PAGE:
I fear constantly that visiting our friend will become just an activity that we attend to when it seems convenient or whenever he pops up in our mind.  But as the Franciscan said:  Our job is to stay.


I sincerely hope that we will not have to stay.  I do not wish that our friend has to stay in the facility one minute longer than necessary.  But if God, in his goodness, has ordained to delay full healing our our friend until the resurrection, then I hope that we will have the sort of courage, faith, and love to stay with him.


This is my prayer.

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2 thoughts on “

  1. i couldn’t help but think when you were talking today about jun… can’t we go because we love him? like… small group is actually much more boring without him around, i distinctly feel like we’re too many heads nodding in the same direction when he’s not there.
    is it because there are people we think that there’s no way we could truly ‘love’ or care about, that wanting to do these things become self imposed obligations?
    i thought about this when thinking about my living situation dillema. cliff was suggesting that… in terms ‘putting myself into their reality’ as a way of reaching people, living with them is unecessary. why can’t i just make a point to visit more or something?
    i think that, for me at least, there… must be some sort of sincerity behind doing things. doing it, and doing it for the right reasons are both important. i would argue, that there needs to be a higher standard of ‘should’. our job is to do more than stay. the mormons ‘stay’. they are…frankly… staying much more than we are. but do find value in jun himself? or is it more they find value in their actions.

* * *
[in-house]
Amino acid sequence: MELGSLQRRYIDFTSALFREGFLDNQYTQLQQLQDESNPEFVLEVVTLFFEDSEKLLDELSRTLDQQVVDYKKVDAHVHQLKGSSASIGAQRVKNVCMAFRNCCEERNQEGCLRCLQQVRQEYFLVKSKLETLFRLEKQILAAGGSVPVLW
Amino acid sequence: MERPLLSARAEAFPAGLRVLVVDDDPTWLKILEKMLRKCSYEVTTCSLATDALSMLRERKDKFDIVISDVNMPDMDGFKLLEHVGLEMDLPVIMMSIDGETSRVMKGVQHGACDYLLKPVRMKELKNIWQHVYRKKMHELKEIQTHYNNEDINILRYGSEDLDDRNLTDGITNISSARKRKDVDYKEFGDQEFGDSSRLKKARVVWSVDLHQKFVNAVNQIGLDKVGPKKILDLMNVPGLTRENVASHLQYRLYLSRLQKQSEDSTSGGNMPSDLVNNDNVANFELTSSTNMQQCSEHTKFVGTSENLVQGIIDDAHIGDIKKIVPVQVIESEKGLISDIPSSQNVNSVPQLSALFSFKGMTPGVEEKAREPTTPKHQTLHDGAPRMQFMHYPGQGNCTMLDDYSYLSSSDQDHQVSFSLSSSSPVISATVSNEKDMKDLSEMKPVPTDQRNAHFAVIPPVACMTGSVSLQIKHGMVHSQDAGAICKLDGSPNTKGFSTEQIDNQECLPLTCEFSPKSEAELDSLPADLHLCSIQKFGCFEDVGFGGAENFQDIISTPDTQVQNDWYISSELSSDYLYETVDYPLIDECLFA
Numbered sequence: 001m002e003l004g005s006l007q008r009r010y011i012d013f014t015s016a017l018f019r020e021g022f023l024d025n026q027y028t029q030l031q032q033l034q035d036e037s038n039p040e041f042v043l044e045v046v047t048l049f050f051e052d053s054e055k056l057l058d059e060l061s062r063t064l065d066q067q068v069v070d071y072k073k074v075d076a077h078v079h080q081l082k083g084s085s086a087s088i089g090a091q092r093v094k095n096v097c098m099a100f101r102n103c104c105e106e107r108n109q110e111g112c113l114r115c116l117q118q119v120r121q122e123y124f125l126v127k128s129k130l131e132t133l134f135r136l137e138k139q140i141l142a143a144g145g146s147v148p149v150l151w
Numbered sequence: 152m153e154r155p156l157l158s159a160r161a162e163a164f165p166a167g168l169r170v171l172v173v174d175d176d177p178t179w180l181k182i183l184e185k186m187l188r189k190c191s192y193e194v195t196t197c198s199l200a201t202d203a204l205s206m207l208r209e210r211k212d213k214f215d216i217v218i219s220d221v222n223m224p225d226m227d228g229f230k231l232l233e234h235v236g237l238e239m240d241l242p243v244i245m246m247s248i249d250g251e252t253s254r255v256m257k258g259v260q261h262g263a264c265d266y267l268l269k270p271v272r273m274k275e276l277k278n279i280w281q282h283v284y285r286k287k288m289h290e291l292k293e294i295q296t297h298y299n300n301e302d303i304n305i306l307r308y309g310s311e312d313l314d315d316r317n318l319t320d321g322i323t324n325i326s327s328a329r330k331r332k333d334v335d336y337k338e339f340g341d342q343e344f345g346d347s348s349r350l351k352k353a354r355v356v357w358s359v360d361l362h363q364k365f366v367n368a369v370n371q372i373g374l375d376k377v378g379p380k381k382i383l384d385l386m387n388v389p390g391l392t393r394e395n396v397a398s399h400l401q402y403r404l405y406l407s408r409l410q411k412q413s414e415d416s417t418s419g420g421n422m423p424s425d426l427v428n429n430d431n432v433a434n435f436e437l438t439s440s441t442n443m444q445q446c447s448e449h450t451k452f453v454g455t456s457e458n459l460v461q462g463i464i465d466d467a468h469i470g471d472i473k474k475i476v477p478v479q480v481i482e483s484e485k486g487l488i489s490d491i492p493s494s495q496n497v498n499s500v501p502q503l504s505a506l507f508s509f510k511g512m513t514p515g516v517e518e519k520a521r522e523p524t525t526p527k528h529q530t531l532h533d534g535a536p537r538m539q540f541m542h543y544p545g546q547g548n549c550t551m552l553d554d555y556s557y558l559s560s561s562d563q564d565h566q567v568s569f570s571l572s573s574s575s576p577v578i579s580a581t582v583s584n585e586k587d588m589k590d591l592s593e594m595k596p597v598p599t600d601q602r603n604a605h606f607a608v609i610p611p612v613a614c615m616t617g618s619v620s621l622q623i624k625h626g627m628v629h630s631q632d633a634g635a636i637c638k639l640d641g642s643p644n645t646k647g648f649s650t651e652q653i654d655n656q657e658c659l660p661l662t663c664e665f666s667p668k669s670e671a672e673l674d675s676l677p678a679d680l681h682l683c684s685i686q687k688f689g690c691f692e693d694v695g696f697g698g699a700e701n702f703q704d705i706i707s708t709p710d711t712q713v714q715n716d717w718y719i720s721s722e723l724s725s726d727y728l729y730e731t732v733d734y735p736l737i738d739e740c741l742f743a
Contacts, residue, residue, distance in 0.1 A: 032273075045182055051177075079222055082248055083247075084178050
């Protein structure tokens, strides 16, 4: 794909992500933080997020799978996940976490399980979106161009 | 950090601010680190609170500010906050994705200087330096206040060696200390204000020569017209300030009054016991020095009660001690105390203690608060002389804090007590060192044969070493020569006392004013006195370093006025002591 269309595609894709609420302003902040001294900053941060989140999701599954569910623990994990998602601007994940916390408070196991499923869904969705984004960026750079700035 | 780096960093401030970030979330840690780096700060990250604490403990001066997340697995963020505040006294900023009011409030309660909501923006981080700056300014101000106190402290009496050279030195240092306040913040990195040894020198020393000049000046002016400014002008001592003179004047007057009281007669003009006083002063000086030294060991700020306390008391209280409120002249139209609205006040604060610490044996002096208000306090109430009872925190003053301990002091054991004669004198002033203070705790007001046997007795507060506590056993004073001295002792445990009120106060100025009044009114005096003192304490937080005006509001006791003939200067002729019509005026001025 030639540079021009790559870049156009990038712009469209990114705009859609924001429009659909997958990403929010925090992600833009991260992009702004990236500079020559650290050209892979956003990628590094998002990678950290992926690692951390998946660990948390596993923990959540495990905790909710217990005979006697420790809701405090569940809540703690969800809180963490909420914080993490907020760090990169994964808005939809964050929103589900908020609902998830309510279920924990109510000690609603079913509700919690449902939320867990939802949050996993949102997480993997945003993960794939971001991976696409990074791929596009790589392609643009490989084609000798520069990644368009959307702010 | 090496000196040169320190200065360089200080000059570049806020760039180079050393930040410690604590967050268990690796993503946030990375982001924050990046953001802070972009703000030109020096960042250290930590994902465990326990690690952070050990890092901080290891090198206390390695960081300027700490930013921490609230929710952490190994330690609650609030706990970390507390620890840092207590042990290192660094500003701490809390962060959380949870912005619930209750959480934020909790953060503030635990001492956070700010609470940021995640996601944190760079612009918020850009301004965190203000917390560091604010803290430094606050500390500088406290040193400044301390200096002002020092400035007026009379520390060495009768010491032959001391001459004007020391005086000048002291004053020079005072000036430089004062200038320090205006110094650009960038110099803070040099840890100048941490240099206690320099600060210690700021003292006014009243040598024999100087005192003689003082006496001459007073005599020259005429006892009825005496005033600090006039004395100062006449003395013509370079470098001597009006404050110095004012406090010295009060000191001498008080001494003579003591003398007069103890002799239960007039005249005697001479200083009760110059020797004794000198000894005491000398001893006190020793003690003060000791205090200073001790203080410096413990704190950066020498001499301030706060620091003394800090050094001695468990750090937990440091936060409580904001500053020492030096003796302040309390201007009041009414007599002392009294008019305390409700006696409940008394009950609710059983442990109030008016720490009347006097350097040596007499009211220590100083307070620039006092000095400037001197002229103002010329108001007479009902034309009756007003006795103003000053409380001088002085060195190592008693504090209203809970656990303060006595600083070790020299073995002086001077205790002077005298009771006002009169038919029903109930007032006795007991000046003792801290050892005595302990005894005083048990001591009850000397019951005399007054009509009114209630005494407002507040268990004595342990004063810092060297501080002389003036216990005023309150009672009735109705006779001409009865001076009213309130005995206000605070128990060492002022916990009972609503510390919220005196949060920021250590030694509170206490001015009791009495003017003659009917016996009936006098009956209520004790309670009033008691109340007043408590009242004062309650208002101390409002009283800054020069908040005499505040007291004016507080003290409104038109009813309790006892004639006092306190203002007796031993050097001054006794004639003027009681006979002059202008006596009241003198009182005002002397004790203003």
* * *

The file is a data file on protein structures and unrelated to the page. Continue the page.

i find that, the older i get, the less i want to do things because i should, or ‘it’s nice’ or whatever. this is probably very problematic with work. but at least in terms of people, if all we do is view others as part of our standard task list or calendar engagement, we reek of hypocrisy others can smell a mile away. even though in of itself it’s not wrong, but i think too many christians take canned-answer-responses and turn it into something much worse- canned-answer-actions.
    i would say that… do not do it if you do not care. but if you do not care, you need to start working on getting yourself to care. personally, i would not call up certain people to just ‘hang out’ even though i think i should be praying for them. maybe i simply don’t want to hang out with these people. but the burden of change is not on the people i don’t want to hang with, especially if they’ve been put in my life in such a way that i could reach them. the burden to change is on me, i must get myself to a point that i would care. and, in some ways, that might mean putting myself into a daily situation with them.
    i’m still debating this. there’s obviously other parameters involved with me choosing where to live. but i want to say this, for some of us, we need to show with our actions what we say with our words. but too many christians hide behind their actions or ministry, so caught up in ‘doing’ that they are frauds all the same. and they will find no satisfaction in that, i guarantee you. God’s ‘solution’ of love comes full circle, it must be genuine in both word, deed and heart.

  2. The quotations if you are interested, were taken from Christine Pohl’s “Making Room: Recovering Hospitality as a Christian Practice.” It is a very thought proviking and challenging book, and from reading your posts it seems to be right up your alley. For me, I can say that it has vastly deepened my approach to ministry.